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February 2019

Counseling on common food allergies: is sesame now a concern?

According to a new study, the most common food allergens in the US are shellfish, milk, peanut, tree nut, fish, egg, wheat, soy, and sesame. However, only the first eight of these foods must be clearly identified on a food label.

Patients with confirmed or suspected sesame allergy may have heard that the FDA is considering adding sesame to the list of major allergens. If sesame is added to the list, food products containing sesame will be required to clearly note it as an ingredient on the food label. But for now, there’s no guarantee that sesame will be added to the list. Until sesame is classified as a major allergen, it can still be listed on food labels as simply “spice,” “flavoring agent,” or “tahini.” Tell patients with sesame allergy to continue avoiding foods with these questionable listed ingredients. Also, remind anyone with a confirmed severe food allergy to make sure they carry a rescue medication (epinephrine) with them at all times.

Food allergies should be taken seriously, but it’s important for patients to get tested for any suspected food allergy before eliminating foods from their diet. Many patients confuse food allergy with food intolerance. Since symptoms of food intolerance are generally less severe than those of food allergy, the steps to manage food intolerance is often less strict. Patients with food allergies must avoid all foods as well as certain drugs that contain the food allergens. But people with food intolerance are often able to eat small amounts of the food and may be able to take drugs containing the food trigger.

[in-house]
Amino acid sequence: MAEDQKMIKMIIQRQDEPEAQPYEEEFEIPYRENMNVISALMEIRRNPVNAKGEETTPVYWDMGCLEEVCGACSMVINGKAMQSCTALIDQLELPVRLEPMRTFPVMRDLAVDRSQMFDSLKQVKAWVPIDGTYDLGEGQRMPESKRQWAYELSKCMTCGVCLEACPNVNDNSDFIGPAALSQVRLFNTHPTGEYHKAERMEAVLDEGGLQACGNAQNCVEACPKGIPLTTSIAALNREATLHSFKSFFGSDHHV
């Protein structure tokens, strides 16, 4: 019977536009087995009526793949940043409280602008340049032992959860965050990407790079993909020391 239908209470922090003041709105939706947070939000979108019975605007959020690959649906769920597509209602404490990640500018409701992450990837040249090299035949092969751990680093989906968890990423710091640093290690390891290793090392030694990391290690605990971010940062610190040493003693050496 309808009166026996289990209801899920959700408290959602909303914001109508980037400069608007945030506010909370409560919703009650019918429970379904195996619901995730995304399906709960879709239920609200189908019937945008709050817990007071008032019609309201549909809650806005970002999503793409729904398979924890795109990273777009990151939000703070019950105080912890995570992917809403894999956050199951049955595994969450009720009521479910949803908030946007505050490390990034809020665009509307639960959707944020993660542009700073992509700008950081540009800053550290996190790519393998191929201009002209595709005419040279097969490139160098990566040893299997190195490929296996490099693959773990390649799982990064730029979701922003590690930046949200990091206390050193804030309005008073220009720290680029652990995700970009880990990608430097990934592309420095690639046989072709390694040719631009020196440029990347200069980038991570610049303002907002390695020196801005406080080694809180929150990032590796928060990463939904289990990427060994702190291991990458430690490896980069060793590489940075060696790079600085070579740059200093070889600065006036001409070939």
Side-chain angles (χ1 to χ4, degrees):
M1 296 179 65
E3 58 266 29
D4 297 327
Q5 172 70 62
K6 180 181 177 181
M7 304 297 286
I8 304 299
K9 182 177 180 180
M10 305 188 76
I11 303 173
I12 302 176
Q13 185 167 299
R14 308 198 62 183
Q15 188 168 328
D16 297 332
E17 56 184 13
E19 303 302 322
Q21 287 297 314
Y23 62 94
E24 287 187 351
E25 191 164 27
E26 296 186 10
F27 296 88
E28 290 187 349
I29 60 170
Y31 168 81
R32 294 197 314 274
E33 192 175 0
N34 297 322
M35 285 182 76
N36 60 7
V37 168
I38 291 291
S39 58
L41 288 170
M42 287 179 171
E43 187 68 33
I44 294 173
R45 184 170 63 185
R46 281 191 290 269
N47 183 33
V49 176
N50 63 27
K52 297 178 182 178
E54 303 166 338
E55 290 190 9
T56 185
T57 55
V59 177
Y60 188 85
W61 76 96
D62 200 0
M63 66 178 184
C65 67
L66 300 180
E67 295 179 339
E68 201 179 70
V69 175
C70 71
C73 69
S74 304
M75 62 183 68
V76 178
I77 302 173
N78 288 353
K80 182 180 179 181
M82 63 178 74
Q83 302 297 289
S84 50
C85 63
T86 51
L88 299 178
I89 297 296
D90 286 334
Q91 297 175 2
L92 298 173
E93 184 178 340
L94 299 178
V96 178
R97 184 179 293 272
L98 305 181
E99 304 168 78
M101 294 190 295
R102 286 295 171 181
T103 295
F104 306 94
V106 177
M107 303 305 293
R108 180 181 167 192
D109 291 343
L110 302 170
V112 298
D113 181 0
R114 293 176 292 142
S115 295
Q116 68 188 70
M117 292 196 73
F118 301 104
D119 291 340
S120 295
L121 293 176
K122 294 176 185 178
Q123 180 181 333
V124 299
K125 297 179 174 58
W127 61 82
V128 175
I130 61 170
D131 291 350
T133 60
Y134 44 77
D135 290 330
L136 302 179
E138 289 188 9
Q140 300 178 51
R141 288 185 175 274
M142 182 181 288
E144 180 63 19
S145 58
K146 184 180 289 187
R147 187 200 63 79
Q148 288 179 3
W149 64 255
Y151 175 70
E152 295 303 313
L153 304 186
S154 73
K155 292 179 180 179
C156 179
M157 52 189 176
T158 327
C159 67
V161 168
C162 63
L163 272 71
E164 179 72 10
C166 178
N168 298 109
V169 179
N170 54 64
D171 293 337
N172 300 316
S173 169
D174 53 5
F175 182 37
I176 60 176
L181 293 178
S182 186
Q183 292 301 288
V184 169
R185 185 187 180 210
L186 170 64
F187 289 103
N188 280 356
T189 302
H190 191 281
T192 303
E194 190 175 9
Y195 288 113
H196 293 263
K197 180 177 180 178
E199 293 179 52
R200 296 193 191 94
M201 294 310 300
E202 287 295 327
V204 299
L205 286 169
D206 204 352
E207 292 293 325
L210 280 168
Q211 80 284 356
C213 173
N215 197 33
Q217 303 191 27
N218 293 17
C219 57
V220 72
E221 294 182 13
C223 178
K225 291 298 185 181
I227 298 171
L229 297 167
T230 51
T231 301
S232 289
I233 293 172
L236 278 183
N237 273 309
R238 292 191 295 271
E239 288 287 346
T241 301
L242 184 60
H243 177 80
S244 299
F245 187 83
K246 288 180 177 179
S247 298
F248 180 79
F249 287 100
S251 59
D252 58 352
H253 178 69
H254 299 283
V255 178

You should also encourage parents to expose children to allergens during infancy. This might be surprising, as previous expert advice has encouraged parents to AVOID possible allergens during infancy. However, the evidence now suggests that avoiding allergens during infancy might actually be contributing to an increased rate of food allergy. Introducing allergens during infancy, on the other hand, seems to help prevent the development of allergies.

The information in this brief report is intended for informational purposes only, and is meant to help users better understand health concerns. This information should not be interpreted as specific medical advice. Users should consult with a qualified healthcare provider for specific questions regarding therapies, diagnosis and/or health conditions, prior to making therapeutic decisions. Copyright © 2019 Natural Medicines Inc. Commercial distribution or reproduction prohibited. Natural Medicines is the leading provider of high-quality, evidence-based, clinically-relevant information on natural medicine, dietary supplements, herbs, vitamins, minerals, functional foods, diets, complementary practices, CAM modalities, exercises and medical conditions. Monograph sections include interactions with herbs, drugs, foods and labs, contraindications, depletions, dosing, toxicology, adverse effects, pregnancy and lactation data, synonyms, safety and effectiveness.